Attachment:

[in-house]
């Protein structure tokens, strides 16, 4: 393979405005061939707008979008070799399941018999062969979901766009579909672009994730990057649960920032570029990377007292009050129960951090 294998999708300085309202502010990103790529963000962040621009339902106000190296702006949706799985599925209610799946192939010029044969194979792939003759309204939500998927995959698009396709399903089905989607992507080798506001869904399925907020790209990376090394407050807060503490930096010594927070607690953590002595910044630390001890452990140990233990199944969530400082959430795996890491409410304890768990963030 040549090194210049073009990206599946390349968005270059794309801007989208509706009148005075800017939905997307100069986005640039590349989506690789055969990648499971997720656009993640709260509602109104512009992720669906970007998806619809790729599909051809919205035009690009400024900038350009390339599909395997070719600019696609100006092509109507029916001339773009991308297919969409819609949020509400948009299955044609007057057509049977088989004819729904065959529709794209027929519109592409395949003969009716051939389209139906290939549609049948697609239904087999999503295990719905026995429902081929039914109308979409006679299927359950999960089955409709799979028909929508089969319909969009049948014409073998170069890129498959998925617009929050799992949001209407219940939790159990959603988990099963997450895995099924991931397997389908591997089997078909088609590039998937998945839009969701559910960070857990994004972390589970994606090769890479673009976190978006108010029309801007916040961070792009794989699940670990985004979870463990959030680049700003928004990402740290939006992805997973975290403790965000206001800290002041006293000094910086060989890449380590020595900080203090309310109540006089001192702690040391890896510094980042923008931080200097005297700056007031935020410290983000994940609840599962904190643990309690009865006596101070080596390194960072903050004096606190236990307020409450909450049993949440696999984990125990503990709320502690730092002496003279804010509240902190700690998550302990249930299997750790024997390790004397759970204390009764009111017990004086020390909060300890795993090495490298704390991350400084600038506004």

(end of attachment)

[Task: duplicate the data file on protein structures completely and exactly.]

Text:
[in-house]
């Protein structure tokens, strides 16, 4: 393979405005061939707008979008070799399941018999062969979901766009579909672009994730990057649960920032570029990377007292009050129960951090 294998999708300085309202502010990103790529963000962040621009339902106000190296702006949706799985599925209610799946192939010029044969194979792939003759309204939500998927995959698009396709399903089905989607992507080798506001869904399925907020790209990376090394407050807060503490930096010594927070607690953590002595910044630390001890452990140990233990199944969530400082959430795996890491409410304890768990963030 040549090194210049073009990206599946390349968005270059794309801007989208509706009148005075800017939905997307100069986005640039590349989506690789055969990648499971997720656009993640709260509602109104512009992720669906970007998806619809790729599909051809919205035009690009400024900038350009390339599909395997070719600019696609100006092509109507029916001339773009991308297919969409819609949020509400948009299955044609007057057509049977088989004819729904065959529709794209027929519109592409395949003969009716051939389209139906290939549609049948697609239904087999999503295990719905026995429902081929039914109308979409006679299927359950999960089955409709799979028909929508089969319909969009049948014409073998170069890129498959998925617009929050799992949001209407219940939790159990959603988990099963997450895995099924991931397997389908591997089997078909088609590039998937998945839009969701559910960070857990994004972390589970994606090769890479673009976190978006108010029309801007916040961070792009794989699940670990985004979870463990959030680049700003928004990402740290939006992805997973975290403790965000206001800290002041006293000094910086060989890449380590020595900080203090309310109540006089001192702690040391890896510094980042923008931080200097005297700056007031935020410290983000994940609840599962904190643990309690009865006596101070080596390194960072903050004096606190236990307020409450909450049993949440696999984990125990503990709320502690730092002496003279804010509240902190700690998550302990249930299997750790024997390790004397759970204390009764009111017990004086020390909060300890795993090495490298704390991350400084600038506004």